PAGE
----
My familiarity with German is admittedly slightly better than the average tourist’s. I can read a newspaper with the help of a dictionary, order a meal, and follow conversations on everyday topics as long as I am not called on to contribute much. I know how to ask for directions. I can usually get to the Bahnhof, and, usually, when I get there, I can buy a ticket without lapsing into English more than half a dozen times. The post office, with its more complex bureaucracy, exceeds my competence. When reading poetry in German I can often decipher a few stanzas without referring to the English on the facing page. This gives me an illusion of greater fluency than I really possess, the way one can imagine that one understands the dialogue in a foreign film while reading the subtitles. For a few years in high school I enjoyed an undeserved reputation for being good at languages because of my knowledge of French and Spanish. But this ability apparently stops at the Rhine. I have struggled with German for years. My one attempt to learn a nonwestern language, Arabic, was a decisive checkmate. My attainments as a linguist are, in a word, modest.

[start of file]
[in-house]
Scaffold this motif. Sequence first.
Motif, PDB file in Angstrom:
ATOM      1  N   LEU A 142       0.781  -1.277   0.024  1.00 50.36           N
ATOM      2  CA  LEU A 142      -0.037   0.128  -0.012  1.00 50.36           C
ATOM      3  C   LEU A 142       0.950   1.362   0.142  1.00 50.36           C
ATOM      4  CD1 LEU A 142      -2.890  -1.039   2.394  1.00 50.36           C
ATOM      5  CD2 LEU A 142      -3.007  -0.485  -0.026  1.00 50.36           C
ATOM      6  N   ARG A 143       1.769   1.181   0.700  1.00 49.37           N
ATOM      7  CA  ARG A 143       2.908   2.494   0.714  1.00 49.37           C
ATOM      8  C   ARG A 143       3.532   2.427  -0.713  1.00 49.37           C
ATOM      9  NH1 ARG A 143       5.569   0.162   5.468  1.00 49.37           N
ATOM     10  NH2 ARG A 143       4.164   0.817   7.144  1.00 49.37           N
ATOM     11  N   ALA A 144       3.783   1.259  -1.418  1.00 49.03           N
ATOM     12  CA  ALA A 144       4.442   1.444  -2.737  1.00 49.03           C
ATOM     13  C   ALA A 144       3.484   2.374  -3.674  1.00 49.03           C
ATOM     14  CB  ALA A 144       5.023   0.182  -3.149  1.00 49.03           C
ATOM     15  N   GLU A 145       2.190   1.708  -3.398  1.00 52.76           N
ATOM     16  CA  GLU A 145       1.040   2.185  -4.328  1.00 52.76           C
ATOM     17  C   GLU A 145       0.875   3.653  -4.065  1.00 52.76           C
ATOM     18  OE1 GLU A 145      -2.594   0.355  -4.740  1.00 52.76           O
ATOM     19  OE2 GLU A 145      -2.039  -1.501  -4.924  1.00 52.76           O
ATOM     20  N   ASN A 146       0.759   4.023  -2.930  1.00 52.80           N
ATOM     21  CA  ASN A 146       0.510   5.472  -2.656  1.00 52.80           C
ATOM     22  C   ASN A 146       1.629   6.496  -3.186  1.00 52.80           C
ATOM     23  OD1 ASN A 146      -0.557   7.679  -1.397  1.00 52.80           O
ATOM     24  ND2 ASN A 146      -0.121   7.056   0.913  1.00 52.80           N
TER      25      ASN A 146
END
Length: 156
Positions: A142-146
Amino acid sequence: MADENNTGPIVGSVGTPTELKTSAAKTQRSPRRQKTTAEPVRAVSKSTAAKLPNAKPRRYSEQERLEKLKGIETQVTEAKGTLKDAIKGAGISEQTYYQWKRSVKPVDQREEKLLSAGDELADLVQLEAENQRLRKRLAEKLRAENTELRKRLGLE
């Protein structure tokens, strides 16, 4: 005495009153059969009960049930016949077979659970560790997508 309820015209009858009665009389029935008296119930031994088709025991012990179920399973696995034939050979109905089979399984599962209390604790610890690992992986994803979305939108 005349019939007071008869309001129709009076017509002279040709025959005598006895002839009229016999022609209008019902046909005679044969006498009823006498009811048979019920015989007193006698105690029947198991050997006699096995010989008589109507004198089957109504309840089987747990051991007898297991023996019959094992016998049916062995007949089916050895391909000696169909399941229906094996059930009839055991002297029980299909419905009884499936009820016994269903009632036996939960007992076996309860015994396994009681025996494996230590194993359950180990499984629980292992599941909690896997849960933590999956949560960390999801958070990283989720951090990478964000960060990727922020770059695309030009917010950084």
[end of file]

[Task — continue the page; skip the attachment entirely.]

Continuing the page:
My ambitions, however, were not. The first poem by Hölderlin I attempted to translate was ‘Patmos,’ which is not only one of his longest and most difficult but shows clear signs of incipient madness. The ostensible subject of the poem is the Apocalypse of John, whose visionary experience took place on the island that gives the poem its title—-an opaque enough choice in its own right, and Hölderlin weaves such an impenetrable tangle of theological and mythological associations around this source material that no commentary that I know of has been able to fully unravel it. ‘Patmos’ meanders through an imaginative geography that spans from Germany to the Greek islands to the Holy Land. The poem’s diction is densely metaphorical; images spin wildly into one another in a kaleidoscopic confusion. Its religious syncretism is similarly baffling. For Hölderlin, Christ was ‘the son of the highest…the storm-bearer’: Zeus, in other words. He was therefore ‘Heracles’ brother’ and also Dionysus’s. Indeed these three ‘demigods’ tend to fuse into a trinity that is both imitation and parody of the orthodox Christian trinity. Yet one should not be led to think that Hölderlin saw any irony in his conception of this ‘lower’ trinity. Christ, like the Greek demigods, is for him a mediating figure whose direct contact with mortals is a token of divine concern for human existence and whose death and disappearance is evidence of a great religious catastrophe in man’s historical existence, one from which we have not emerged.